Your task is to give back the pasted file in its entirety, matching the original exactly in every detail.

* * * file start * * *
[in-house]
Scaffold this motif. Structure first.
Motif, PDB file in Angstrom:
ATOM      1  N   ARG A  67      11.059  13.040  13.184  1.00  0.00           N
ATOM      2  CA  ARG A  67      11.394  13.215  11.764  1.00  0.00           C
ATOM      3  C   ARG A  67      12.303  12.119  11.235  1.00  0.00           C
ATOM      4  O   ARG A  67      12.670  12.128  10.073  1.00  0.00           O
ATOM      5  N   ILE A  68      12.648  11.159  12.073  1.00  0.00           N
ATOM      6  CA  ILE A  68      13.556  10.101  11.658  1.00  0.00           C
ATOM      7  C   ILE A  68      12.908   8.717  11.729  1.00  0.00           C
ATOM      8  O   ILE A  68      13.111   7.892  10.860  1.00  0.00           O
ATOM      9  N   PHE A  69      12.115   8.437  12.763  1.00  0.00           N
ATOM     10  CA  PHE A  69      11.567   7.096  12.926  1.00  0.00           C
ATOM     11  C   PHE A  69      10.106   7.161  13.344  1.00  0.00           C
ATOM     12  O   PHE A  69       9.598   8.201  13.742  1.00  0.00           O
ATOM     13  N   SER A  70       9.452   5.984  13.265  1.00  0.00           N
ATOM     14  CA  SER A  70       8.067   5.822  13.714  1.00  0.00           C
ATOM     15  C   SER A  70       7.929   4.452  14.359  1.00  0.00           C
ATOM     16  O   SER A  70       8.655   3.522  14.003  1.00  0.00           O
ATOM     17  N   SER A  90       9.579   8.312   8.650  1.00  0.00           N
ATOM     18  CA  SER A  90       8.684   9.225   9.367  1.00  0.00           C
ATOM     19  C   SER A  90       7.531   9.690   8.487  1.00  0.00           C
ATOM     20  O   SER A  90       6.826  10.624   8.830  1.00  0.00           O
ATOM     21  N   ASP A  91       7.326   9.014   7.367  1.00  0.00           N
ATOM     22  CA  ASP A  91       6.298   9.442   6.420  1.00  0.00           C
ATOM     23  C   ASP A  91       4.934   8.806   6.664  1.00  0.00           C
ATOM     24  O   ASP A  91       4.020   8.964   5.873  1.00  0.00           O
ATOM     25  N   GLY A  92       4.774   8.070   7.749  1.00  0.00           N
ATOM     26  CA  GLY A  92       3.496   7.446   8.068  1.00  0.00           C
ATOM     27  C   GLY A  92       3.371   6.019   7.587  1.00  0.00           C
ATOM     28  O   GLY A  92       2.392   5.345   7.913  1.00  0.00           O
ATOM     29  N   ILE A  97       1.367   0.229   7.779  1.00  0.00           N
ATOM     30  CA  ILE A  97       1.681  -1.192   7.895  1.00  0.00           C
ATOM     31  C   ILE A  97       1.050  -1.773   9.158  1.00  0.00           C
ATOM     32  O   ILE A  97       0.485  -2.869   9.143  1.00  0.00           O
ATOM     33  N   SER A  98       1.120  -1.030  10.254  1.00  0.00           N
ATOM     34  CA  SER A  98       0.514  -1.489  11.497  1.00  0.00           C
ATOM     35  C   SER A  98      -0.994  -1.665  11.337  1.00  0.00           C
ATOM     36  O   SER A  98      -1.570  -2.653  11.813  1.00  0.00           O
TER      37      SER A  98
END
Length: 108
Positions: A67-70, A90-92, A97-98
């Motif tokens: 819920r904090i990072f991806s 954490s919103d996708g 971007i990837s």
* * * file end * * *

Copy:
[in-house]
Scaffold this motif. Structure first.
Motif, PDB file in Angstrom:
ATOM      1  N   ARG A  67      11.059  13.040  13.184  1.00  0.00           N
ATOM      2  CA  ARG A  67      11.394  13.215  11.764  1.00  0.00           C
ATOM      3  C   ARG A  67      12.303  12.119  11.235  1.00  0.00           C
ATOM      4  O   ARG A  67      12.670  12.128  10.073  1.00  0.00           O
ATOM      5  N   ILE A  68      12.648  11.159  12.073  1.00  0.00           N
ATOM      6  CA  ILE A  68      13.556  10.101  11.658  1.00  0.00           C
ATOM      7  C   ILE A  68      12.908   8.717  11.729  1.00  0.00           C
ATOM      8  O   ILE A  68      13.111   7.892  10.860  1.00  0.00           O
ATOM      9  N   PHE A  69      12.115   8.437  12.763  1.00  0.00           N
ATOM     10  CA  PHE A  69      11.567   7.096  12.926  1.00  0.00           C
ATOM     11  C   PHE A  69      10.106   7.161  13.344  1.00  0.00           C
ATOM     12  O   PHE A  69       9.598   8.201  13.742  1.00  0.00           O
ATOM     13  N   SER A  70       9.452   5.984  13.265  1.00  0.00           N
ATOM     14  CA  SER A  70       8.067   5.822  13.714  1.00  0.00           C
ATOM     15  C   SER A  70       7.929   4.452  14.359  1.00  0.00           C
ATOM     16  O   SER A  70       8.655   3.522  14.003  1.00  0.00           O
ATOM     17  N   SER A  90       9.579   8.312   8.650  1.00  0.00           N
ATOM     18  CA  SER A  90       8.684   9.225   9.367  1.00  0.00           C
ATOM     19  C   SER A  90       7.531   9.690   8.487  1.00  0.00           C
ATOM     20  O   SER A  90       6.826  10.624   8.830  1.00  0.00           O
ATOM     21  N   ASP A  91       7.326   9.014   7.367  1.00  0.00           N
ATOM     22  CA  ASP A  91       6.298   9.442   6.420  1.00  0.00           C
ATOM     23  C   ASP A  91       4.934   8.806   6.664  1.00  0.00           C
ATOM     24  O   ASP A  91       4.020   8.964   5.873  1.00  0.00           O
ATOM     25  N   GLY A  92       4.774   8.070   7.749  1.00  0.00           N
ATOM     26  CA  GLY A  92       3.496   7.446   8.068  1.00  0.00           C
ATOM     27  C   GLY A  92       3.371   6.019   7.587  1.00  0.00           C
ATOM     28  O   GLY A  92       2.392   5.345   7.913  1.00  0.00           O
ATOM     29  N   ILE A  97       1.367   0.229   7.779  1.00  0.00           N
ATOM     30  CA  ILE A  97       1.681  -1.192   7.895  1.00  0.00           C
ATOM     31  C   ILE A  97       1.050  -1.773   9.158  1.00  0.00           C
ATOM     32  O   ILE A  97       0.485  -2.869   9.143  1.00  0.00           O
ATOM     33  N   SER A  98       1.120  -1.030  10.254  1.00  0.00           N
ATOM     34  CA  SER A  98       0.514  -1.489  11.497  1.00  0.00           C
ATOM     35  C   SER A  98      -0.994  -1.665  11.337  1.00  0.00           C
ATOM     36  O   SER A  98      -1.570  -2.653  11.813  1.00  0.00           O
TER      37      SER A  98
END
Length: 108
Positions: A67-70, A90-92, A97-98
């Motif tokens: 819920r904090i990072f991806s 954490s919103d996708g 971007i990837s």